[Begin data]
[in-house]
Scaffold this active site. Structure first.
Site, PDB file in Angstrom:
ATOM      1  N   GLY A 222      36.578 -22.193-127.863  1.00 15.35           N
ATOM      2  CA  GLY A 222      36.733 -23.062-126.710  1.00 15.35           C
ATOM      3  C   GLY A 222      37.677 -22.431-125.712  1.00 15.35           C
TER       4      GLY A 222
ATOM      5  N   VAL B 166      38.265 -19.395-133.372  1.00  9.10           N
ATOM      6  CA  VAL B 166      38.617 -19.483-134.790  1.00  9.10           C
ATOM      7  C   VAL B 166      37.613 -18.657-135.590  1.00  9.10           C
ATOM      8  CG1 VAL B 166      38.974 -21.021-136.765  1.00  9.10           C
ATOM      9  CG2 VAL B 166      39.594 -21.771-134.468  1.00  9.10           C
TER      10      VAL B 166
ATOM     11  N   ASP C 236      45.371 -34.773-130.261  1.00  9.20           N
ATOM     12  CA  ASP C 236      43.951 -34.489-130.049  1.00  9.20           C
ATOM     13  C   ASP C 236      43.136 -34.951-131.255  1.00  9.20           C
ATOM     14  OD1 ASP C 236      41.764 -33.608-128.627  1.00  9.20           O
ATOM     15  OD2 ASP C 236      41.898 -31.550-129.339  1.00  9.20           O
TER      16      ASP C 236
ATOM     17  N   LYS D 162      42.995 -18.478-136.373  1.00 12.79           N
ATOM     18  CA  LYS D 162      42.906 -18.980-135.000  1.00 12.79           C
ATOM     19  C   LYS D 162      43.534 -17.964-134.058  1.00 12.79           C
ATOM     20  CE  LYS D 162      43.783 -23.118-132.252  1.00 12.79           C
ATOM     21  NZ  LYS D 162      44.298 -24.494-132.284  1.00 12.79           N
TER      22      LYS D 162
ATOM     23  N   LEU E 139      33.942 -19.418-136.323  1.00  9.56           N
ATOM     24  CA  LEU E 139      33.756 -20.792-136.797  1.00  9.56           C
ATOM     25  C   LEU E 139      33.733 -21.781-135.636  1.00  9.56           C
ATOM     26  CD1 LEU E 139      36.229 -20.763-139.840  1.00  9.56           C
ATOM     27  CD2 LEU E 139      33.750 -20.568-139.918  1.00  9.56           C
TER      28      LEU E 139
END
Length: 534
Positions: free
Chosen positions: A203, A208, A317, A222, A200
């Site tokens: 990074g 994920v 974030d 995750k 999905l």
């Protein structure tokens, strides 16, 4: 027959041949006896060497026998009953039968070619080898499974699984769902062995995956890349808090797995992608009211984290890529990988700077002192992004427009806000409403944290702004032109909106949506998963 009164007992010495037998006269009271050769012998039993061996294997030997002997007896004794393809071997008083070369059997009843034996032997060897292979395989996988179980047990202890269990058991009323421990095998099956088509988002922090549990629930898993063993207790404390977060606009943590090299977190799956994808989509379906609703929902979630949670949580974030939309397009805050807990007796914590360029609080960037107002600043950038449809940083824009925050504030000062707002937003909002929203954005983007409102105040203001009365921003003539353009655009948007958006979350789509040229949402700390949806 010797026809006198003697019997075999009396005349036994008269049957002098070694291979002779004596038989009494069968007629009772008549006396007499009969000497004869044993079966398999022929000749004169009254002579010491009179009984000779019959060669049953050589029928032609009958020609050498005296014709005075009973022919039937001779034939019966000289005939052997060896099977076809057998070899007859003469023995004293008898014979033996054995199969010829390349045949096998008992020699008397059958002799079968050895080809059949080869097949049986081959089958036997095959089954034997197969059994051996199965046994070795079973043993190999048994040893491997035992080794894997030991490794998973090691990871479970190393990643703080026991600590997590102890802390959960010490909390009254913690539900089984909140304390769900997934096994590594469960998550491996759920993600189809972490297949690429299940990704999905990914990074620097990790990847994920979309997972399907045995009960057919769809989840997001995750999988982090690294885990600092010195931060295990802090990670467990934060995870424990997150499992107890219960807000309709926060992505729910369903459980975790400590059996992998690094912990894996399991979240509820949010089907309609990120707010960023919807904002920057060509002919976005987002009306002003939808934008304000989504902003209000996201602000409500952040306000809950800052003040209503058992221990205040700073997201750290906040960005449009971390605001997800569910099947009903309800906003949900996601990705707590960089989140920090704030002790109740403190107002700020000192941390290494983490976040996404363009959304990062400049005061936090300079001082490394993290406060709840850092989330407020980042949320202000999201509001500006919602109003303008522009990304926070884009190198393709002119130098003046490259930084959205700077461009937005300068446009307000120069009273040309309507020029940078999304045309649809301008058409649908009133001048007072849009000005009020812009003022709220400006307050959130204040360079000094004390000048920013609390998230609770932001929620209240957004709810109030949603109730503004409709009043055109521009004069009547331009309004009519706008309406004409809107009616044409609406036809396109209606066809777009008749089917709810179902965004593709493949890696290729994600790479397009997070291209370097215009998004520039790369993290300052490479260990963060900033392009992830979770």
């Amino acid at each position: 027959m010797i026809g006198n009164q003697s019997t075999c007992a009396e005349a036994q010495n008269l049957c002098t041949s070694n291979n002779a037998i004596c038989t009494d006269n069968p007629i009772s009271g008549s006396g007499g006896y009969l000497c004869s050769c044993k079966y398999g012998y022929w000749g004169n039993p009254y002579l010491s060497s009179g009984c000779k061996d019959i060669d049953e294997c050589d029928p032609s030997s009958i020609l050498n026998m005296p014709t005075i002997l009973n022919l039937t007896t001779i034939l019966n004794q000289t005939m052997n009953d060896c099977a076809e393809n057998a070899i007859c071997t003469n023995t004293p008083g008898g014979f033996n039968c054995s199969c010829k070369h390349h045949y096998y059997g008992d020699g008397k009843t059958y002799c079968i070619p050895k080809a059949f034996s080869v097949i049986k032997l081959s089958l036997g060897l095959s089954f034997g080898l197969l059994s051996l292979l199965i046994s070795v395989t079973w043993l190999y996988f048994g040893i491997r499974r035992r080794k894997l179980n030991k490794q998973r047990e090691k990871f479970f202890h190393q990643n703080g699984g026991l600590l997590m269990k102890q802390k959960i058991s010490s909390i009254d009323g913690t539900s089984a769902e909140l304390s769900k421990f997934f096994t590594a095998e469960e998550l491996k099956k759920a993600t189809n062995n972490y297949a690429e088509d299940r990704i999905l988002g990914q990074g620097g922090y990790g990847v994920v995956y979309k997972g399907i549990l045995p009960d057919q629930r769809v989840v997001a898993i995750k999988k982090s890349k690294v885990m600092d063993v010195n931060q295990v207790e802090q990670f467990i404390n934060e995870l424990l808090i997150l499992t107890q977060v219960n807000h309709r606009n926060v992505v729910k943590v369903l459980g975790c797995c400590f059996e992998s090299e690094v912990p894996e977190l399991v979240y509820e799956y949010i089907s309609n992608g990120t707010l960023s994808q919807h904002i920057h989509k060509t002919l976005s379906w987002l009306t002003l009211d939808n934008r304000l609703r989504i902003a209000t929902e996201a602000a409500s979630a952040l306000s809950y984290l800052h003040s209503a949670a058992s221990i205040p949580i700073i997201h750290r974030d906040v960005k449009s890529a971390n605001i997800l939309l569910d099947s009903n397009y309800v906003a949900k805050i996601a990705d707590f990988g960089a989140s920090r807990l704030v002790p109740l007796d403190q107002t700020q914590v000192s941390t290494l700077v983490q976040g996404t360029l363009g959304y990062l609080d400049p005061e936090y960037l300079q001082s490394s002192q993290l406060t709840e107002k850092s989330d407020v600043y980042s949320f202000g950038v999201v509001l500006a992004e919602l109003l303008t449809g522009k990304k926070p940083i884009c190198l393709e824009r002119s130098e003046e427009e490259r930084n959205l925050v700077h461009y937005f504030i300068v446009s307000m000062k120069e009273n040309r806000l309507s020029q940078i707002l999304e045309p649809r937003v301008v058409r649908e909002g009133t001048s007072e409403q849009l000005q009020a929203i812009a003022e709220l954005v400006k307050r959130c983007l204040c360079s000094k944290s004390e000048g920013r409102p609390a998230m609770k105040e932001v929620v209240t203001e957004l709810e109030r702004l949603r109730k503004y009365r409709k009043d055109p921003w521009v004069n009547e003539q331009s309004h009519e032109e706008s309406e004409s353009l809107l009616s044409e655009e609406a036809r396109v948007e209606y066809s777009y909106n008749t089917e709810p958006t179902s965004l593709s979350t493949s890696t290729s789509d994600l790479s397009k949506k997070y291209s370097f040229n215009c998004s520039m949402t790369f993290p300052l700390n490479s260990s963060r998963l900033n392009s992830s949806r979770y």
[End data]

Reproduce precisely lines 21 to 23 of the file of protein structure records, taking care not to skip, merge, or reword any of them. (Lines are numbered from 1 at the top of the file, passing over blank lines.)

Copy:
ATOM     18  CA  LYS D 162      42.906 -18.980-135.000  1.00 12.79           C
ATOM     19  C   LYS D 162      43.534 -17.964-134.058  1.00 12.79           C
ATOM     20  CE  LYS D 162      43.783 -23.118-132.252  1.00 12.79           C